This was the first mission constructed in New Mexico. It was built by Fray Benavidez in 1598, expanded in 1625. Unlike others, it wasn’t completely destroyed during the Pueblo Revolt, though it was in need of repairs by the time the Spanish returned to the area. There is also lost treasure that no one has been able to find. The original structure has been renovated, repaired and renamed over the years, but it hasn’t been rebuilt making San Miguel Mission Chapel the oldest church still in use in the United States. Located in Socorro, there is no fee to visit the church.
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  • San José de Laguna
    San José de Laguna
  • San José de Laguna
    San José de Laguna
    The San José de la Laguna mission was built in 1699, after the Pueblo Revolt, sparing it from the fate of many others. San José is famous for its interior decor; including original Laguna art and rare early Spanish paintings. In Laguna's mission aesthetics play a central role in the ambience of the building. Red, green, yellow and black murals adorn the earthen walls. A portrait of Saint Joseph fills the center of the reredos. The ceiling above the sanctuary is painted with the Laguna symbols for the sun, the moon, the stars and a rainbow. Church tours are offered daily. To get to Laguna, take exit 114 off I-40 between Albuquerque and Grants. For more information, please call San Jose Mission at (505) 552-9330.
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  • San Lorenzo de Picuris
    San Lorenzo de Picuris
  • San Lorenzo de Picuris
    San Lorenzo de Picuris
    Fray Francisco de Zamora built the first small chapel in Picuris by 1620, dedicated to patron San Lorenzo. Spanish missionary efforts never got off the ground. The Spanish deemed the inhabitants uncooperative and stubborn, but the reality may have been a lack of interest. The public is welcome to visit the San Lorenzo de Picurís church. The pueblo is located 24 miles southeast of Taos via NM 68, 518, and 75. Self-guided tours and permits for photography within the pueblo are available to visitors. (575) 587-1601
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  • Santa Ana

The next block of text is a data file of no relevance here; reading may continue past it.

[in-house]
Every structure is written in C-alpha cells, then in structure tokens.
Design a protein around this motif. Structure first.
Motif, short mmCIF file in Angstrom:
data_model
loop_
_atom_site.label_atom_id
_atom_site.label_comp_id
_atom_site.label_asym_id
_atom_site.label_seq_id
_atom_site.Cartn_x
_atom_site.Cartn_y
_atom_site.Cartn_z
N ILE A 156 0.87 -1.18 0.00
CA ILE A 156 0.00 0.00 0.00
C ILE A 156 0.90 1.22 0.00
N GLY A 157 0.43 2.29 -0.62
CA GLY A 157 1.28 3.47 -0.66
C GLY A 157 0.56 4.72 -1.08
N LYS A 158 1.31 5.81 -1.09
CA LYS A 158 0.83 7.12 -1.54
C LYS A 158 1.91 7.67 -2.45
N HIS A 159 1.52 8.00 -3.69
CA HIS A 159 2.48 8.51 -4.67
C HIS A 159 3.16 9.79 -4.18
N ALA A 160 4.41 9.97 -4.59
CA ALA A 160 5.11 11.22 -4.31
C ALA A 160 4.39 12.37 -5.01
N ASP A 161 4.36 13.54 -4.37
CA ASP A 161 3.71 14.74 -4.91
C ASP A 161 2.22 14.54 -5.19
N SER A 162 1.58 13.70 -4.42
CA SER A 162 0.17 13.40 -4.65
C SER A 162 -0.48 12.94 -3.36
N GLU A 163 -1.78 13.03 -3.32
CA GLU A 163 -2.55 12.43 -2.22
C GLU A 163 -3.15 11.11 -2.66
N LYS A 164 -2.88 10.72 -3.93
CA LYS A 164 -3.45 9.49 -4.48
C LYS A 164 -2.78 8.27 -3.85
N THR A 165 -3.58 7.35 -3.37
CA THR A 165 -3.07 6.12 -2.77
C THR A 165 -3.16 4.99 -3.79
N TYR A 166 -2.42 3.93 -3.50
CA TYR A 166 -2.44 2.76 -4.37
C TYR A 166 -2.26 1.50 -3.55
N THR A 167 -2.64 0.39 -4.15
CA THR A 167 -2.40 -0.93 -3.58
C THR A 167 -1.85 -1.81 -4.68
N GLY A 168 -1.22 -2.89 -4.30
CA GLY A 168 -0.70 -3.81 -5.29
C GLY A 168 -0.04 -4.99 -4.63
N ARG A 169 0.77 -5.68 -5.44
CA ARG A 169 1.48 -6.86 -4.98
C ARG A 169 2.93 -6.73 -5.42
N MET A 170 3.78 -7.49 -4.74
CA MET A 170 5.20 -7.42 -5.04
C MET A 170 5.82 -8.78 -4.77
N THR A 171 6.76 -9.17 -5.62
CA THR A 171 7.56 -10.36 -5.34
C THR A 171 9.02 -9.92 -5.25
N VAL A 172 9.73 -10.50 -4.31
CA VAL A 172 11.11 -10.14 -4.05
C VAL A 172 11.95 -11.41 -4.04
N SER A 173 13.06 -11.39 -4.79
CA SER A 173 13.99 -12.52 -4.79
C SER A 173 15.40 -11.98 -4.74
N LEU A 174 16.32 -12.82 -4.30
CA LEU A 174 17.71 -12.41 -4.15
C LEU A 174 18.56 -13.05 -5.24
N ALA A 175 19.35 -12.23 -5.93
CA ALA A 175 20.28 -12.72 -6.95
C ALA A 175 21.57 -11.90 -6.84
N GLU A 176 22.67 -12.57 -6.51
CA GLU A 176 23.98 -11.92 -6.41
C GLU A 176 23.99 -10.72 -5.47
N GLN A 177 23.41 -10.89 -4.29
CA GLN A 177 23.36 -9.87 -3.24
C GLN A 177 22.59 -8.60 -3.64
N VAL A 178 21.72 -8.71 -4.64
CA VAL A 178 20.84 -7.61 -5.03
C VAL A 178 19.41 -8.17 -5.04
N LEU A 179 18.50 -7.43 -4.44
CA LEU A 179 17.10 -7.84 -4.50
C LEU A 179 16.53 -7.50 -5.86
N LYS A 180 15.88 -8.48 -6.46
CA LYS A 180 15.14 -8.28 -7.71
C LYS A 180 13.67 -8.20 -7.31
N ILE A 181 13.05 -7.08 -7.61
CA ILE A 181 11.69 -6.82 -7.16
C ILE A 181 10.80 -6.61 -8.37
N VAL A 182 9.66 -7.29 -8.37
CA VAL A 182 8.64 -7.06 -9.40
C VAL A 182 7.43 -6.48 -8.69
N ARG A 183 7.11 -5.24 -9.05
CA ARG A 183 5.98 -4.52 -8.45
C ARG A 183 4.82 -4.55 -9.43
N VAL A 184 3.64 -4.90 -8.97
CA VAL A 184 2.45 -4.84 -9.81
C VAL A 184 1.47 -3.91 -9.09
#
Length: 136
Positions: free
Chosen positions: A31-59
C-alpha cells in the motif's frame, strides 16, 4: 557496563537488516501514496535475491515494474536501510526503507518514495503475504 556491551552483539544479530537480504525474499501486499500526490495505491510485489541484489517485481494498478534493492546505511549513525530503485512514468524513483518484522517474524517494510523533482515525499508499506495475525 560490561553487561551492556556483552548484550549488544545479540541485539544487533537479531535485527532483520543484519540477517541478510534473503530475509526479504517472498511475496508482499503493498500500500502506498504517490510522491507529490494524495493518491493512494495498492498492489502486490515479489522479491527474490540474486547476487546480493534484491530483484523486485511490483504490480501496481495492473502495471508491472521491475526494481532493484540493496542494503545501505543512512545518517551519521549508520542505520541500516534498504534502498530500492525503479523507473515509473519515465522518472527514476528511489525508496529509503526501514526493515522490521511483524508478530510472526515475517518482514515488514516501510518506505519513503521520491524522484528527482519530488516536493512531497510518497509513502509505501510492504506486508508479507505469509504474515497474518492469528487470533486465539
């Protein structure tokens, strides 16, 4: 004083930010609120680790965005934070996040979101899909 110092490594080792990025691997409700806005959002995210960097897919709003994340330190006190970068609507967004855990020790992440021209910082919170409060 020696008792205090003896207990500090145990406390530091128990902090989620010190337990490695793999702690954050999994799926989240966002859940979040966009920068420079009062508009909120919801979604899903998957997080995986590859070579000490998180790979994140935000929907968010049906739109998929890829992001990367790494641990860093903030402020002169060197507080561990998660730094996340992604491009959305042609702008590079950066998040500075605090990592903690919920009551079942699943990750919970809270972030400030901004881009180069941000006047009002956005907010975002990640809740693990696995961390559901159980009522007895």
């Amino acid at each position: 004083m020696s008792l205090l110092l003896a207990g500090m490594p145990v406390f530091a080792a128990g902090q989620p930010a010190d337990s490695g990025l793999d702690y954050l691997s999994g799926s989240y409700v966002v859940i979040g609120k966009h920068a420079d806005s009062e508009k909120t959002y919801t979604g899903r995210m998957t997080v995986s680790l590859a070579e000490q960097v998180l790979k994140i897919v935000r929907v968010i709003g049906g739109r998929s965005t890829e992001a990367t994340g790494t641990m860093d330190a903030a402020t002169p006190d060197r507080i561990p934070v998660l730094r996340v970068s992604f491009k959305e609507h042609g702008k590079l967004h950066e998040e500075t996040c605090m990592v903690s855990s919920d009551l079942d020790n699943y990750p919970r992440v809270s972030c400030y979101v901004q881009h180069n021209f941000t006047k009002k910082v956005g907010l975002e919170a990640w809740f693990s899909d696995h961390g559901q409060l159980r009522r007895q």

Santa Ana
  • Santa Ana
    Santa Ana
    As one of the first areas to be assigned a priest, the original mission was built by 1600. It was small compared to others in the province and was destroyed like so many others during the Pueblo Revolt. When the Spanish returned, Santa Ana welcomed them, becoming a critical ally. The mission was rebuilt in 1750. The church is long, built of adobe, with a tower, and a number of adjoining rooms to accommodate the resident priest and visiting clergy. Among the notable items in the church are two santos carved from wood and a large painting of John the Baptist with Jesus over the altar. To visit the Santa Ana Mission, contact Santa Ana Pueblo at (505) 771-6700
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  • Santo Domingo
    Santo Domingo
  • Santo Domingo
    Santo Domingo
    The first church in Santo Domingo was constructed shortly after Oñate arrived. It was washed away in a flood, which became a pattern, with spring floods on the Rio Grande repeatedly damaging or destroying the church. It was destroyed in the pueblo revolt, with three priests killed. It was rebuilt in 1706. The river washed away both churches in 1886. It was rebuilt in 1895. The traditional architectural style was replicated rather than drawing on the more fashionable tin roof and steeple look that Archbishop Lamy favored. Santo Domingo Pueblo (now Kewa Pueblo) is 35 miles north of Albuquerque and 25 miles south of Santa Fe, NM. For more information, call 505-465-2214.